Still around the city centre, I found mountains of Indian spices and learnt the secrets of the Zulu muti and herbs being prepared at the various historical markets in Durban’s Warwick Junction precinct. Later on, I experienced the thundering feet of traditional Zulu dancers in the Valley of a Thousand Hills and became pensively immersed in the pin-dropping silence of the biggest Hare Krishna temple in Africa.
From Durban, going north, the road takes you to the King Shaka Heritage Route. It provides a fascinating window into this most famous Zulu monarch and military genius, and his people.
There are many other Zulu-heritage experiences on offer too, such as King Senzangakhona’s grave or the royal home of King Dingane at uMgungundlovu. The route ends at King Shaka’s grave at KwaDukuza, where it meets up with the province’s celebrated Battlefields Route.
On this route, you can visit sites such as Isandlwana (where 20 000 Zulu warriors inflicted one of the worst ever defeats on British colonial forces, killing 1 357 men) or Rorke’s Drift (where an attack by 4 000 Zulu warriors on the British garrison was repelled by 150 men in an 11½ hour battle, with only 17 British casualties – resulting in 11 Victoria Crosses being won, the most ever in a single action by one regiment). Other famous and intriguing battlefield sites include Blood River, Majuba Hill, Spioenkop and Ladysmith, among many others.
Surrounded by this vast and rugged landscape drenched with the blood of so many Zulus, Boers and Brits, the scale of things and the relationship between man and nature, between life and death, and between war and peace takes on a new significance.
Close your eyes as the sun goes down and you can almost feel the tension in the air and hear the soft patter of bare feet and the subdued clatter of stabbing iklwa spears as a Zulu army approaches. Somewhere, out there in the dark, a cough or a whisper… Suddenly a volley of gunfire shatters the eerie silence and chaos erupts. You can hear the clash of metal on metal, the unending barrage of rifle fire, shouts and blood-curdling screams, and you smell the sweat, dust, fire and cordite.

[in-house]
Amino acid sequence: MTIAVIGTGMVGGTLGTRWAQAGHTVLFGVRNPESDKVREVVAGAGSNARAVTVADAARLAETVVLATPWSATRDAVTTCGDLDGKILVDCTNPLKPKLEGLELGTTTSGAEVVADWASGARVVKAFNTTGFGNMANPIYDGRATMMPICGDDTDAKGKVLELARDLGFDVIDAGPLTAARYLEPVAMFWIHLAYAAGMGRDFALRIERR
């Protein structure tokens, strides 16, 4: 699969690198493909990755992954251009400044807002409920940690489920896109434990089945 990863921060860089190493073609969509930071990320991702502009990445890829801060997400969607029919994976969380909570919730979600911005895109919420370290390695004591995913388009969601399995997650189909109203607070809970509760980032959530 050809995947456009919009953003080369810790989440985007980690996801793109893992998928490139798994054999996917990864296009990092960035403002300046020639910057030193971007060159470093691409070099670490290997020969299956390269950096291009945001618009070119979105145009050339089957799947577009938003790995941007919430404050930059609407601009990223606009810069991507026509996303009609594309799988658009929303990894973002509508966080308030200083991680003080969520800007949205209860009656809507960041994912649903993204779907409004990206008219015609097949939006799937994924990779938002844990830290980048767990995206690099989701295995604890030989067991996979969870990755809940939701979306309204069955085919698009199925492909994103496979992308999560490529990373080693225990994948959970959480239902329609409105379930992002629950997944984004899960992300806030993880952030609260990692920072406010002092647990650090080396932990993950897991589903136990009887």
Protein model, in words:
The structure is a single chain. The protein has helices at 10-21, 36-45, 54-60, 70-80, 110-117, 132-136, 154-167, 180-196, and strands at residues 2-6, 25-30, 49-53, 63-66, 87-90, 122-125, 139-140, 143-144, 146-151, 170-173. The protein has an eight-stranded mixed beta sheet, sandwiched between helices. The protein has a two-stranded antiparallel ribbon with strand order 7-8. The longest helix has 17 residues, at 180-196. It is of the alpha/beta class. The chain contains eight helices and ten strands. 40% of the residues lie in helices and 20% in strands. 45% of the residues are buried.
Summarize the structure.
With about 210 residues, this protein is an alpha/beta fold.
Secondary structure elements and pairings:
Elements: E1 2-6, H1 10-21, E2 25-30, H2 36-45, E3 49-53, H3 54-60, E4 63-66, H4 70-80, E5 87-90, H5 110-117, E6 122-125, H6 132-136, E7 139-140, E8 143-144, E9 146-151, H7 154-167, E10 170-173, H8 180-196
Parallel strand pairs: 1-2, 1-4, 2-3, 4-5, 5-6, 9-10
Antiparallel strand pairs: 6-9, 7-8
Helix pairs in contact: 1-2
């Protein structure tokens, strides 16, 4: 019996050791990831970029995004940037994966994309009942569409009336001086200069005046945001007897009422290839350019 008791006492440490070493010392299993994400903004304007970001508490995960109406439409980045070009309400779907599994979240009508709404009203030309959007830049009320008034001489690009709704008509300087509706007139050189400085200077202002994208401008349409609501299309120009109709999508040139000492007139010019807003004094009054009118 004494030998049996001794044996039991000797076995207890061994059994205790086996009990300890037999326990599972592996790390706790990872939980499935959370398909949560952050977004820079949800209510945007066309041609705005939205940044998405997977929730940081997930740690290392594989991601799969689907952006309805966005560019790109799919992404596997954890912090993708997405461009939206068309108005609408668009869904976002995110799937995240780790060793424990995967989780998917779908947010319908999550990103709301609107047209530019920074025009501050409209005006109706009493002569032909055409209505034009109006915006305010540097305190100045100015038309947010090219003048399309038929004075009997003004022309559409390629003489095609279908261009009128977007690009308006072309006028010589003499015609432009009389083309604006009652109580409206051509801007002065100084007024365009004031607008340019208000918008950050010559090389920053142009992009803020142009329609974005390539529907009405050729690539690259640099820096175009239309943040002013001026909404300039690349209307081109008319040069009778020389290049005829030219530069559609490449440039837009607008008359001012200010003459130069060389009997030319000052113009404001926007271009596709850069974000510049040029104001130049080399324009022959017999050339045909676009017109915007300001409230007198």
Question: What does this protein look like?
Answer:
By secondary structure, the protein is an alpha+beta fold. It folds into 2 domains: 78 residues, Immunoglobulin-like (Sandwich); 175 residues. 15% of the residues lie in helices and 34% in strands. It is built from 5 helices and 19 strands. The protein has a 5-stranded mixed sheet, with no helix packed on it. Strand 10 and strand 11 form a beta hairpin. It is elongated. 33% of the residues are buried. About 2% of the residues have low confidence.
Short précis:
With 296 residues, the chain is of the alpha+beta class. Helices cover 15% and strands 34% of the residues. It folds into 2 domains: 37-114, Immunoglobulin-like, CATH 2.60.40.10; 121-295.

Then it is all over and, save for the moans and crying of the wounded, it is silent once more. When you open your eyes, there are mounds of whitewashed stones and scattered iron crosses in the grass fields, marking the final resting places of those who fell here in battle all those many years ago.
VENTURE BEYOND DURBAN AND INTO THE MIDLANDS
These are a few of the many heritage attractions and activities the Midlands region has to offer:
The Battlefields Route Visit historic battle sites such as Isandlwana, Rorke’s Drift, Blood River, Colenso, Ladysmith, Spioen Kop, Majuba Hill, the Ghost Mountain near Mkuze, and many more from the various conflicts that pitted Zulus, Boers and Brits against each other.
Boston-Bulwer Beat In the foothills of the Drakensberg, surrounded by unparalleled scenery.
Ecabazini Traditional Zulu Homestead This authentic Zulu homestead near Pietermaritzburg and the Albert Falls Dam provides a fascinating look into Zulu culture.
Midlands Amble Covers all the Midlands towns, places of interest and a wide range of outdoor and indoor activities.
Midlands Meander Popular arts and crafts route between Pietermaritzburg and the uKhahlamba-Drakensberg Park (a World Heritage Site), with some 150 participating artists and craftspeople.
Msunduzi Museum / Voortrekker Museum, Pietermaritzburg Originally dedicated to the story of the Voortrekkers, it is now a multicultural museum. It houses, among other things, the water bottle and Bible of Piet Retief, the Voortrekker leader killed by Zulu King Dingane, as well as a replica of Dingane’s chair.
Nelson Mandela Capture Site, Howick The site – now an impressive monument – of Mandela’s arrest by security police (which led to his 27 years in prison) in 1962 after 17 months on the run.
The Old Prison, Pietermaritzburg Now a museum and restaurant, the first cell block was built in 1862, with later additions being gallows, high-security cells and a torture room.
GOOD TO KNOW
For more information on heritage routes and attractions in and around Durban, the Midlands and the Battlefields area:
Amafa / Heritage KwaZulu-Natal
033 394 6543, www.heritagekzn.co.za
Battlefields Route Association
082 801 0551, www.battlefieldsroute.co.za
Battlefields Region Guides
072 803 2885 or 031 212 4560,
Durban Green Corridor 031 322 6026/7,
Durban Tourism 031 322 4164,
The Midlands Amble
Midlands Meander 033 330 8195,
Msunduzi Pietermaritzburg Tourism Association 033 345 1348,
Tourism KwaZulu-Natal 031 366 7500, www.zulu.org.za
Photography Gallo/Gettyimages/Thinkstock, istockphoto, Africa Media Online
(This article was first published in the winter 2015 issue of AA traveller magazine)